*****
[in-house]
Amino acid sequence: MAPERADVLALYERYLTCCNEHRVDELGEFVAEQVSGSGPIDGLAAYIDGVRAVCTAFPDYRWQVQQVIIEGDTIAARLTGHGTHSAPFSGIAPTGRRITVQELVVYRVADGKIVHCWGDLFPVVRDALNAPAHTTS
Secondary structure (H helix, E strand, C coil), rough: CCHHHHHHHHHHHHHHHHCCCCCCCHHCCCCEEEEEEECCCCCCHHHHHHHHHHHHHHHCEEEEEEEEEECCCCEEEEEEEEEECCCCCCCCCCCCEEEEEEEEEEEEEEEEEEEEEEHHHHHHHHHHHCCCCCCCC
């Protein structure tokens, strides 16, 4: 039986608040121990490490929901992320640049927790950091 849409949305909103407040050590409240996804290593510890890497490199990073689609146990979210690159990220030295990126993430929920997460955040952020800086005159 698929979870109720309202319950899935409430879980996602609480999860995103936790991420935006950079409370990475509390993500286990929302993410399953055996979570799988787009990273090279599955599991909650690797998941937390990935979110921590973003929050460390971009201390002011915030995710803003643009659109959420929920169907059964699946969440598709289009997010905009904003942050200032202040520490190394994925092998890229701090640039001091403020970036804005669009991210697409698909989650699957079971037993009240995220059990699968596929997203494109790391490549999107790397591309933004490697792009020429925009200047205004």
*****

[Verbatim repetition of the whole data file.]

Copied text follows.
[in-house]
Amino acid sequence: MAPERADVLALYERYLTCCNEHRVDELGEFVAEQVSGSGPIDGLAAYIDGVRAVCTAFPDYRWQVQQVIIEGDTIAARLTGHGTHSAPFSGIAPTGRRITVQELVVYRVADGKIVHCWGDLFPVVRDALNAPAHTTS
Secondary structure (H helix, E strand, C coil), rough: CCHHHHHHHHHHHHHHHHCCCCCCCHHCCCCEEEEEEECCCCCCHHHHHHHHHHHHHHHCEEEEEEEEEECCCCEEEEEEEEEECCCCCCCCCCCCEEEEEEEEEEEEEEEEEEEEEEHHHHHHHHHHHCCCCCCCC
């Protein structure tokens, strides 16, 4: 039986608040121990490490929901992320640049927790950091 849409949305909103407040050590409240996804290593510890890497490199990073689609146990979210690159990220030295990126993430929920997460955040952020800086005159 698929979870109720309202319950899935409430879980996602609480999860995103936790991420935006950079409370990475509390993500286990929302993410399953055996979570799988787009990273090279599955599991909650690797998941937390990935979110921590973003929050460390971009201390002011915030995710803003643009659109959420929920169907059964699946969440598709289009997010905009904003942050200032202040520490190394994925092998890229701090640039001091403020970036804005669009991210697409698909989650699957079971037993009240995220059990699968596929997203494109790391490549999107790397591309933004490697792009020429925009200047205004």